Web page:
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Sonoma County school officials offer solutions for worsening safety conditions at parent-led meeting

The Press Democrat - 12/8/2023

Dec. 7—Just over 50 parents, students and school and city officials gathered in the Sonoma County Office of Education Thursday night to discuss solutions regarding school safety within the Santa Rosa City Schools district.

Parents, who listened intently to speakers, were roused over yet another violent incident on school campuses; many of them waited outside of Herbert Slater's campus Thursday morning while their children were inside on lockdown, initiated when a student reportedly brandished a knife after other students started a fight with him in a math classroom.

Key stakeholders sat in the audience, including Santa Rosa City Schools Superintendent Anna Trunnell, Sonoma County Superintendent Amie Carter, Trustee Jeremy De La Torre, Santa Rosa City Council Member Jeff Okrepkie and Santa Rosa Police Sgt. Matt Crosbie.

The meeting was organized by the Safe Campus Alliance, a parent-led community group that has recently formed to put pressure on the school board in implementing more safety measures. The group has a particular focus on bringing back school resource officers.

"Unfortunately, things like this happen to create this momentum," said Stephanie Taylor, a founder of the Safe Campus Alliance. "We need this to force our school board to react. They're in control of the decisions and they're not listening."

Taylor was among the parents who waited outside of Slater Middle School Thursday morning, hoping her daughter, who is in seventh grade, was safe.

Much of the meeting centered around proposals to improve safety that were presented by SCOE's Assistant Superintendent Louis Ganzler. His recommendations included standardized crisis responses, simplified safety plans and the installation of behavioral threat assessment teams.

The latter would not require additional personnel but, instead, would require schools to enroll various qualified staff — counselors, on-site therapists and teachers in training — who would help to identify alarming behaviors in students and provide mediation before an incident occurs.

Ganzler shared that many Santa Rosa City Schools staff were present at SCOE's first round of training for the program.

At one point, when members of the audience began to pepper Ganzler with questions about school resource officers, Carter stepped in.

"I'm not going to hide the football," Carter said. "Ganzler and I, we are really supportive and we have seen really great things from school resource officers."

Her response brought a large round of applause from Safe Campus Alliance members, who have pushed for the reinstatement of SROs onto Santa Rosa City Schools' campuses.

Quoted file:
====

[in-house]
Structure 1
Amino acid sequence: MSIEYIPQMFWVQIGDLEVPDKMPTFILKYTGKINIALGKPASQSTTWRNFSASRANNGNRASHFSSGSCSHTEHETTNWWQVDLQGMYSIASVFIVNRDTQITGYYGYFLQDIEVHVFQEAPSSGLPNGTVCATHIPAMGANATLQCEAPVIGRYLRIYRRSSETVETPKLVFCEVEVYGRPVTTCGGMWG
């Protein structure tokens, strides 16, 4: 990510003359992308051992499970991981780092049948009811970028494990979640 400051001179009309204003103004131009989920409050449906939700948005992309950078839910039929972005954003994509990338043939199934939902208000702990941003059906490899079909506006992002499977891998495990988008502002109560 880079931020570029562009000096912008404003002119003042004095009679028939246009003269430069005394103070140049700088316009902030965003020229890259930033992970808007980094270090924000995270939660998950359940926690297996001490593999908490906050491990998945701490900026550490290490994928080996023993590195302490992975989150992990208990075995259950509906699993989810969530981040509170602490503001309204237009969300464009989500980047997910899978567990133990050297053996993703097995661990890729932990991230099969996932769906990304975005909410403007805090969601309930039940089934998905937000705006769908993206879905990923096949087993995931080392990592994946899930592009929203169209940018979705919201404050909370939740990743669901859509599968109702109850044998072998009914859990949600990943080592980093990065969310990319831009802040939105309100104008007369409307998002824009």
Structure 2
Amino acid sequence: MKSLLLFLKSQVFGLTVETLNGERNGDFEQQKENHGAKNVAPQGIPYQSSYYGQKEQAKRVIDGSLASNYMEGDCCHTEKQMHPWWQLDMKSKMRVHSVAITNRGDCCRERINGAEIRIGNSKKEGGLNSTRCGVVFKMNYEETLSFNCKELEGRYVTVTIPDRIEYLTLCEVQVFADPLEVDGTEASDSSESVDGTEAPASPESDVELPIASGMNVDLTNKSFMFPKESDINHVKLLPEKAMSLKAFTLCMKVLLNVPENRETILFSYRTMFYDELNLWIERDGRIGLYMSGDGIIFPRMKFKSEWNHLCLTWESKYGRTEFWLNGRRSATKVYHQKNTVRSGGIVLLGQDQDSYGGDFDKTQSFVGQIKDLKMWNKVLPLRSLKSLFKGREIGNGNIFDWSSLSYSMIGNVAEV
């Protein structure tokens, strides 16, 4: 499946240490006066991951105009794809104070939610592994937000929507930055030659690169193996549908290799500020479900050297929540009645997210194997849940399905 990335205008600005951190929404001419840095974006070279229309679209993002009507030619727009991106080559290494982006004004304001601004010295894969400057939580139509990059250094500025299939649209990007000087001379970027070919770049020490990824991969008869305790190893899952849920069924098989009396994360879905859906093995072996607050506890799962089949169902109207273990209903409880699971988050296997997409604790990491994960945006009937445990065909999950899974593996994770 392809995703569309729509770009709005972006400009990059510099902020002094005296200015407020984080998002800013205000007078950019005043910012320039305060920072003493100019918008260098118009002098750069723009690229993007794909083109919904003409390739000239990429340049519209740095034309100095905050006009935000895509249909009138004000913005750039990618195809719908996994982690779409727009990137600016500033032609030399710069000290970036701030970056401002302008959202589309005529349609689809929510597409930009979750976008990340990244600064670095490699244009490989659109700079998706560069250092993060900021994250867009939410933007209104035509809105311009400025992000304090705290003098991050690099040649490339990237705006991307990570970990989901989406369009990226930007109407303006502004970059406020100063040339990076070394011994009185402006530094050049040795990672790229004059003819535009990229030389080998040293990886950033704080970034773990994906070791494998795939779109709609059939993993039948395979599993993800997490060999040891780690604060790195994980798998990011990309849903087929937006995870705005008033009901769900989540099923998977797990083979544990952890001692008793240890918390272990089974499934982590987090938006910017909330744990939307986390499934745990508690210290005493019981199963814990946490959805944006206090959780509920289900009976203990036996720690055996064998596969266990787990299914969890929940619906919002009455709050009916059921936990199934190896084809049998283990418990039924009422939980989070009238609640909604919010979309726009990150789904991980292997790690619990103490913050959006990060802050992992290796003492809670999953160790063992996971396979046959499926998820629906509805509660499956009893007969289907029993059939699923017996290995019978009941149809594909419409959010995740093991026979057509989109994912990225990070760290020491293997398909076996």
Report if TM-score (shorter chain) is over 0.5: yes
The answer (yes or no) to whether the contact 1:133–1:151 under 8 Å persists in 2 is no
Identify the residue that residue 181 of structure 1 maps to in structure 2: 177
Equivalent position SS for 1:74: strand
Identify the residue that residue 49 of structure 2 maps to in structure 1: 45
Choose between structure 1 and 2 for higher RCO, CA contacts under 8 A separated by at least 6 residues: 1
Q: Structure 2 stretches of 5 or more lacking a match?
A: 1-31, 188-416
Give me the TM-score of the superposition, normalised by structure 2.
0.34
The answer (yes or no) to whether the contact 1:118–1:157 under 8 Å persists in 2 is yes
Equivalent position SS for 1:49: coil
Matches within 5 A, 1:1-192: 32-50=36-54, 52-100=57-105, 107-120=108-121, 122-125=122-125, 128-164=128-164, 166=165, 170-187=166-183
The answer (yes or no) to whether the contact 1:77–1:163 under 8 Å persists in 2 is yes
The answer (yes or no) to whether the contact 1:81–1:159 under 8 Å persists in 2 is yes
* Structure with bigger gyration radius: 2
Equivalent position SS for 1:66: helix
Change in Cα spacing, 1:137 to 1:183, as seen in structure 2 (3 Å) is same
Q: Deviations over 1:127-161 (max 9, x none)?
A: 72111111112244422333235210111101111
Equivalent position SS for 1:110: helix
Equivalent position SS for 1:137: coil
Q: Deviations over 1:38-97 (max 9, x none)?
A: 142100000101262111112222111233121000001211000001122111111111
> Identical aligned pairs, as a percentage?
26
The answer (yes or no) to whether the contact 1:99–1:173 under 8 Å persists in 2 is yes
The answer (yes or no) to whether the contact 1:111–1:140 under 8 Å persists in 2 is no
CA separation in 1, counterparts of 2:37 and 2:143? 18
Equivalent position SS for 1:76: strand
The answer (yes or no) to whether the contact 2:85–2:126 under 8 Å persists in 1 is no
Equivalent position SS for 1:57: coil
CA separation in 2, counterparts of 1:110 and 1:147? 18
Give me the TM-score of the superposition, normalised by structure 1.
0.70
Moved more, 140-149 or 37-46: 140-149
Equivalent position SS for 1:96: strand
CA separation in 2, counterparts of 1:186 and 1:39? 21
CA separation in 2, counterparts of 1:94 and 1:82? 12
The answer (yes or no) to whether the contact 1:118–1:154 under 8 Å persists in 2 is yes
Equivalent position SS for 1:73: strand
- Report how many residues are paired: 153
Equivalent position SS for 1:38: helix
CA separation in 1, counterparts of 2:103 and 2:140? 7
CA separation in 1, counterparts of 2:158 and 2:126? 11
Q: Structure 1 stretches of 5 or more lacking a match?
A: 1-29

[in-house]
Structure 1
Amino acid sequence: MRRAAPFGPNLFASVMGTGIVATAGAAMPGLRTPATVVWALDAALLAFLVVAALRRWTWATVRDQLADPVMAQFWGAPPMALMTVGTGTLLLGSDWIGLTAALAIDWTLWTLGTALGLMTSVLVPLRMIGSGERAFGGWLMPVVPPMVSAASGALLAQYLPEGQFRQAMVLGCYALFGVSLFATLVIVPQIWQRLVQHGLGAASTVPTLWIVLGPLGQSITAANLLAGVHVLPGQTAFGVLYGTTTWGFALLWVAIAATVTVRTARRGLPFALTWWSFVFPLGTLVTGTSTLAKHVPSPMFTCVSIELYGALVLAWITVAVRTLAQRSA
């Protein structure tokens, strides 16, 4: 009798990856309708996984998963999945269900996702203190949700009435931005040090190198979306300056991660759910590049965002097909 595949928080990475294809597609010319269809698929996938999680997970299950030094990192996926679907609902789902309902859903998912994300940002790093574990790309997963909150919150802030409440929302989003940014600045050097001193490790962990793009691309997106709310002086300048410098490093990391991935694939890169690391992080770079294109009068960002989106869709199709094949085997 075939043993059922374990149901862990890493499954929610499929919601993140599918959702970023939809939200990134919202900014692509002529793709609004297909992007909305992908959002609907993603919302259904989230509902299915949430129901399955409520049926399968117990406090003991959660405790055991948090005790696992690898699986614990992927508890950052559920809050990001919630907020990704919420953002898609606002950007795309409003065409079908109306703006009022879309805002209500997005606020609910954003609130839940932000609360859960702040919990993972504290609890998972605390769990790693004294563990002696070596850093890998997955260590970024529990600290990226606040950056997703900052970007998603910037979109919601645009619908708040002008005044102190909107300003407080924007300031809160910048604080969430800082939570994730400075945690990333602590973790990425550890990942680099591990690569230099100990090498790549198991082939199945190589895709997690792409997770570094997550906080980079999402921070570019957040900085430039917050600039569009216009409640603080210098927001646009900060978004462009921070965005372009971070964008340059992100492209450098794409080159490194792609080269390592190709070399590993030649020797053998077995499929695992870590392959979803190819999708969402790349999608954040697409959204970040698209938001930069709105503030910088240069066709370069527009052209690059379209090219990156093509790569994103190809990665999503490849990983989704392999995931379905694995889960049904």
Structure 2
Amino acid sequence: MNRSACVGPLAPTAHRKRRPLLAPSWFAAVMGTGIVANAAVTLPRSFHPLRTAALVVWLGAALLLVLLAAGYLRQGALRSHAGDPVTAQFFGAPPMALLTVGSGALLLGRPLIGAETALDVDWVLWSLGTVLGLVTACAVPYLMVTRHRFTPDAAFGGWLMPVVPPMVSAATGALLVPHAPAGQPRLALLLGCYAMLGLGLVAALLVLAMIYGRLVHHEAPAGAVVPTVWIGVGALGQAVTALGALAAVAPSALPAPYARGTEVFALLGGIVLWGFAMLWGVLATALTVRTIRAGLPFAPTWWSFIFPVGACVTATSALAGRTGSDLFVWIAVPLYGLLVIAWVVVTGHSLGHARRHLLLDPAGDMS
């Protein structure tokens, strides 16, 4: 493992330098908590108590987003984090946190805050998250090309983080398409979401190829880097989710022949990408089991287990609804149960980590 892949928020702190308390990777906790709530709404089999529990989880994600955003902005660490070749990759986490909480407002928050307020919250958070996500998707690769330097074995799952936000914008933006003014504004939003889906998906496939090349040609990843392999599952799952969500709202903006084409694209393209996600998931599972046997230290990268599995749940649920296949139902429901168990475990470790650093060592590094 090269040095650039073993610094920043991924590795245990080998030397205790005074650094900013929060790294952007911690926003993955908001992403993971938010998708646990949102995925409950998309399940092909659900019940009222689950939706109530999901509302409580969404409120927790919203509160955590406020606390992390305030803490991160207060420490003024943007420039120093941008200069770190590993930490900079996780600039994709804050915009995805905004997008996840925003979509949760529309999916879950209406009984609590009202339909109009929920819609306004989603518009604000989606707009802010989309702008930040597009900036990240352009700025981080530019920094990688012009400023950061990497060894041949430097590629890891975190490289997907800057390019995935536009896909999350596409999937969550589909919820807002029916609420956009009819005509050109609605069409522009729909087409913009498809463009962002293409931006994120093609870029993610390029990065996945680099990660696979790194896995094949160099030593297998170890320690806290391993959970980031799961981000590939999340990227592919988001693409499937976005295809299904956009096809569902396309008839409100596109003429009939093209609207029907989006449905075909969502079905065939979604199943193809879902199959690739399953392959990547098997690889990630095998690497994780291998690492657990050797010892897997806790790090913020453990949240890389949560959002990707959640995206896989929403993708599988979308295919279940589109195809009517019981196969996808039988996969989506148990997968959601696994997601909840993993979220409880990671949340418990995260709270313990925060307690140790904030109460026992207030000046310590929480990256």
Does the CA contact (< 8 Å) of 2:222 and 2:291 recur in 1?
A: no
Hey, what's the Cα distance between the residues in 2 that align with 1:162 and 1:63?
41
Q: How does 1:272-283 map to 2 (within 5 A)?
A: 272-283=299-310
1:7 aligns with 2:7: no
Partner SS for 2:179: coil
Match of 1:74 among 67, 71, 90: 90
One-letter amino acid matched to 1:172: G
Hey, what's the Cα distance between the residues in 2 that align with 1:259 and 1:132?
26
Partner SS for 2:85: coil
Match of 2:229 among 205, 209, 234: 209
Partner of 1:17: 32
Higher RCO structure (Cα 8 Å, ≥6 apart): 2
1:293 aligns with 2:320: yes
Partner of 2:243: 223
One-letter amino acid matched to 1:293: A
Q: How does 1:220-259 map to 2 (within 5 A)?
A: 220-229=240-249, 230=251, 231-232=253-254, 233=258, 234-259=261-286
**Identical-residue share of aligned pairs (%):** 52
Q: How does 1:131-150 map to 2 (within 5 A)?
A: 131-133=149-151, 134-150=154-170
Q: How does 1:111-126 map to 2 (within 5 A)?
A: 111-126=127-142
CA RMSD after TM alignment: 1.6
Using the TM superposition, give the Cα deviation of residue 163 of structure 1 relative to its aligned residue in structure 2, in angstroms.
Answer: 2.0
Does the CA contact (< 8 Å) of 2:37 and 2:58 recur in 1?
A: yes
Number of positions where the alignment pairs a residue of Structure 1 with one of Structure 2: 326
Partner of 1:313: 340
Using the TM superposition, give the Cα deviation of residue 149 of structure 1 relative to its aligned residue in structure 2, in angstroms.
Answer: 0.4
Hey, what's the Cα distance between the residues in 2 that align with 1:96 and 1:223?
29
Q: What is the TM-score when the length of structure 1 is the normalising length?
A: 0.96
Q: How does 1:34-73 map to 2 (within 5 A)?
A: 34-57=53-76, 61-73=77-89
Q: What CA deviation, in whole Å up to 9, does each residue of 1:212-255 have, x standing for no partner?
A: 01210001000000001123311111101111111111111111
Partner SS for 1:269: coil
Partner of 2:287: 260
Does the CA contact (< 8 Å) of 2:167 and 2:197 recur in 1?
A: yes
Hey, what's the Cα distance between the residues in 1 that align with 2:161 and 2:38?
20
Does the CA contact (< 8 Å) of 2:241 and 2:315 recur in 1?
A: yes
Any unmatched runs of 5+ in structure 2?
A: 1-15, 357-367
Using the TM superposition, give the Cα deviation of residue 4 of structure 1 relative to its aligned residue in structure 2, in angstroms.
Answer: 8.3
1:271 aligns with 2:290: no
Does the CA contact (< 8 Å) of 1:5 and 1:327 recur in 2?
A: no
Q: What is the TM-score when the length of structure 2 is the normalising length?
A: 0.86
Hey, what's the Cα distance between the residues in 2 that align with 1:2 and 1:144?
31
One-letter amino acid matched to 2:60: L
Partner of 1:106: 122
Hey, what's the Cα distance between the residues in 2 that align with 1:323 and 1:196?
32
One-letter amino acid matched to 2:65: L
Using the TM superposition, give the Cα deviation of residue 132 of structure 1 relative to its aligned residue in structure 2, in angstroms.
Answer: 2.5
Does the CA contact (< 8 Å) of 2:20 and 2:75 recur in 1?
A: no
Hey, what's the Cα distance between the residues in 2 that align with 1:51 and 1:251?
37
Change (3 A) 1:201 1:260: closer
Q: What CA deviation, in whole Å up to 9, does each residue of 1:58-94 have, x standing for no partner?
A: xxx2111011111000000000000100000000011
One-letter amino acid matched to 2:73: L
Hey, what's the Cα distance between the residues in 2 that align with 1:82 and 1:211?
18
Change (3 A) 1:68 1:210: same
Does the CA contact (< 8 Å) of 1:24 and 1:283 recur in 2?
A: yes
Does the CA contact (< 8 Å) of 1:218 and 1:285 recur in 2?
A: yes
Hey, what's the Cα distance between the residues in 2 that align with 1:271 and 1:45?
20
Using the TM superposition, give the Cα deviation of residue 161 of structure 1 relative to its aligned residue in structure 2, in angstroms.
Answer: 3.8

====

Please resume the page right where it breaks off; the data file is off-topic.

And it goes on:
Carter, elaborating on her past experience with SROs, presented a middle ground — suggested modifications that included the presence of plain-clothes officers and clear boundaries on disciplines SROs can and cannot mete out to students.

Taylor, with Safe Campus Alliance, then walked the mic over to a group of students who spoke openly about their experiences.

Montgomery High School junior Lulia Embaye said that as a student of color who was initially against the return of SROs, her first-hand experience with them this past spring has given her a different perspective.

"(SROs) definitely did help, but it's not the only answer. But, it's the only answer that we know of at this point that we've seen make change," she said. "SROs would help our school culture and climate, but it goes far beyond that, and we can't stop there."

Toward the end of the meeting, Sgt. Crosbie took the mic to speak of Thursday morning's events. He assured parents that the police department has a good relationship with the Santa Rosa City Schools district.

Danielle Garduno with the Violence Prevention Program stood briefly while Crosbie spoke about the incident. She then spoke to parents who had concerns about a gang presence on campus. She tried to reassure parents that her team is doing as much as they can — with limited resources — to curb gang-related activity on school grounds.

She told parents of her plans to expand an on-the-street gang intervention team that aims to prevent gang involvement of students in the district and provide wrap-around support to those involved and their families.

When the topic of who would pay for the SRO program came up, there was some back-and-forth with parents about whether the city had the funds for the program.

"What's the hold up?" some parents demanded to know.

You can reach Staff Writer Alana Minkler at 707-526-8531 or On X, formerly Twitter, @alana_minkler.

Report For America corps member Adriana Gutierrez covers education and child welfare issues for The Press Democrat. Reach her at


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